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Oklahoma Health Department Restores Contracts for Child Abuse Prevention

It has not been a good year for the Oklahoma State Department of Health (OSDH), as the agency has been rocked by the discovery of widespread financial mismanagement and neglect, followed by the resignation of several agency leaders.  As was widely reported, tens of millions of dollars were shifted from federal grants to state programs, a clear conflict with potential legal concerns.  Even more frustrating, the redirection appears to have been unnecessary; it was later discovered that other agency accounts held enough state dollars to cover costs without the improper use of federal funds. Bringing this agency into compliance and restoring accountability will likely be a priority for all lawmakers and will require a significant investment to modernize the agency’s accounting system, which is apparently hopelessly outdated and ineffective. While that is certainly necessary, it is important not to let other key priorities fall by the wayside, especially projects that support children and families or that fund preventative measures that protect families from hardship or tragedy. Since the turnover in administration, I am pleased that interim Director Tom Bates, former special advisor to Governor Fallin on DHS issues, has helped “right the ship” with many agency directives and restored a clear focus to their mission. For instance, OSDH has said they will restore $2 million dollars in funding for the Office of Child Abuse Prevention (OCAP) for State Fiscal Year (SFY) 2019. Continue Reading →

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OICA Candidate Surveys Are Now Available Online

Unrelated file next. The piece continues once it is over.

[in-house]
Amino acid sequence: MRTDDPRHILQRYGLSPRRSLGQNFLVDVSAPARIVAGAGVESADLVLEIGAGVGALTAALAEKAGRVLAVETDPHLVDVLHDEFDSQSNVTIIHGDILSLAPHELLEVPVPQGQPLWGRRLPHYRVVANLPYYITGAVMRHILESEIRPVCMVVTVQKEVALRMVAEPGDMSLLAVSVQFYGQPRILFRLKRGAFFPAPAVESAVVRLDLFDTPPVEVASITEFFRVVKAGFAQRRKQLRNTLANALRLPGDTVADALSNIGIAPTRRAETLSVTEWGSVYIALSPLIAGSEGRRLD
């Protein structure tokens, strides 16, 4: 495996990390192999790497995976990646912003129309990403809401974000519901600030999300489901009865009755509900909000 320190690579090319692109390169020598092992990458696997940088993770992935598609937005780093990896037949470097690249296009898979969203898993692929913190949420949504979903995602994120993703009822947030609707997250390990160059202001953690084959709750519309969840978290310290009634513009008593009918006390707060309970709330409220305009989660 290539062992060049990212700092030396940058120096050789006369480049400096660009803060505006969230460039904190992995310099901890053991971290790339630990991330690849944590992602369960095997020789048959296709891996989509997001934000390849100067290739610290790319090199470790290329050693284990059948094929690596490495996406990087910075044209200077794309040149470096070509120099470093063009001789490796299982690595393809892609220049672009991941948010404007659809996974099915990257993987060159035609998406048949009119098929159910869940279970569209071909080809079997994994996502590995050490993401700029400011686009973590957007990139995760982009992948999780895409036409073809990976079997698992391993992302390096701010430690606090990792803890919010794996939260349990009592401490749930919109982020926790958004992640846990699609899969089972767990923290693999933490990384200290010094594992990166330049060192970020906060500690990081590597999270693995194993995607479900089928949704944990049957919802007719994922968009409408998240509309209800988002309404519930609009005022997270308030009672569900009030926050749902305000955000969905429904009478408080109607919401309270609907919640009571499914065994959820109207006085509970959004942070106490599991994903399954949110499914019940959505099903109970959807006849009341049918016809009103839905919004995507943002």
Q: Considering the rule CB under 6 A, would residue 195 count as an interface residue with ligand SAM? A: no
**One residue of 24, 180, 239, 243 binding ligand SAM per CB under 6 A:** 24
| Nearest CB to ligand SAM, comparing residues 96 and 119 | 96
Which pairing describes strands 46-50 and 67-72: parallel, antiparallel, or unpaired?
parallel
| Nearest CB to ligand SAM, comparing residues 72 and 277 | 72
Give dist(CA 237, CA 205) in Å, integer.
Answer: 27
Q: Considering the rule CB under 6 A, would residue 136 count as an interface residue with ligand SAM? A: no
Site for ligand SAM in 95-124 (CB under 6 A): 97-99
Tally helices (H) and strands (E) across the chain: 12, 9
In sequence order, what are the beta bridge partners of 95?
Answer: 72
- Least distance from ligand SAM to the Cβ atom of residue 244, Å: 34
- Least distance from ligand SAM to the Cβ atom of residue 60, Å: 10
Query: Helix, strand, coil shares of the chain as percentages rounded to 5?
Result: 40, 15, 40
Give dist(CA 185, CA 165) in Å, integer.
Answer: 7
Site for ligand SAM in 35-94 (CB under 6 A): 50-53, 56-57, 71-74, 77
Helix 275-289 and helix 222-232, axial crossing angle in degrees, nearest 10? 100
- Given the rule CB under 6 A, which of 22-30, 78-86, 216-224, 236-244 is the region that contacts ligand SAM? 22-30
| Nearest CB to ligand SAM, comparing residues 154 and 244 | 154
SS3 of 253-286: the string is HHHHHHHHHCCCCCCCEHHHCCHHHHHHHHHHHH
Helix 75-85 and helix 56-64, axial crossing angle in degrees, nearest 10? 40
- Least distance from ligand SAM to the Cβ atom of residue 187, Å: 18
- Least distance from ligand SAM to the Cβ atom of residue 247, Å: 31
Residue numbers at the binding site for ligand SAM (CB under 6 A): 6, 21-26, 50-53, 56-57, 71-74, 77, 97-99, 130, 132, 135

The Oklahoma Institute for Child Advocacy is pleased to be a key partner in “2018: Oklahoma Year of the Child,” an effort to encourage interest in children’s issues with candidates for office.  OICA compiled a list of what we felt were the top twenty positive bills from this past legislative session so voters can see who supported child-friendly potential laws.  We have also undertaken the task of reaching out to candidates to ask them three simple questions.  The full results, including candidate surveys, will be uploaded by Wednesday, June 20 to oica.org under the legislative tab (or directly at http://oica.org/legislation/candidate-questionnaire/candidate-questionnaire-results/). The survey questions are:

What ideas/policies will you pursue to better the lives of Oklahoma’s children? For example, what laws or policies will you champion, what programs will you attempt to expand or decrease, and what area of interest regarding children will you establish yourself as a leader amongst your colleagues. What have you done to support children prior to this election? For example, discuss policies which you have had a direct impact in seeing implemented, what volunteer work have you personally done to improve the lives of children, or have you had a job which has worked with kids. Continue Reading →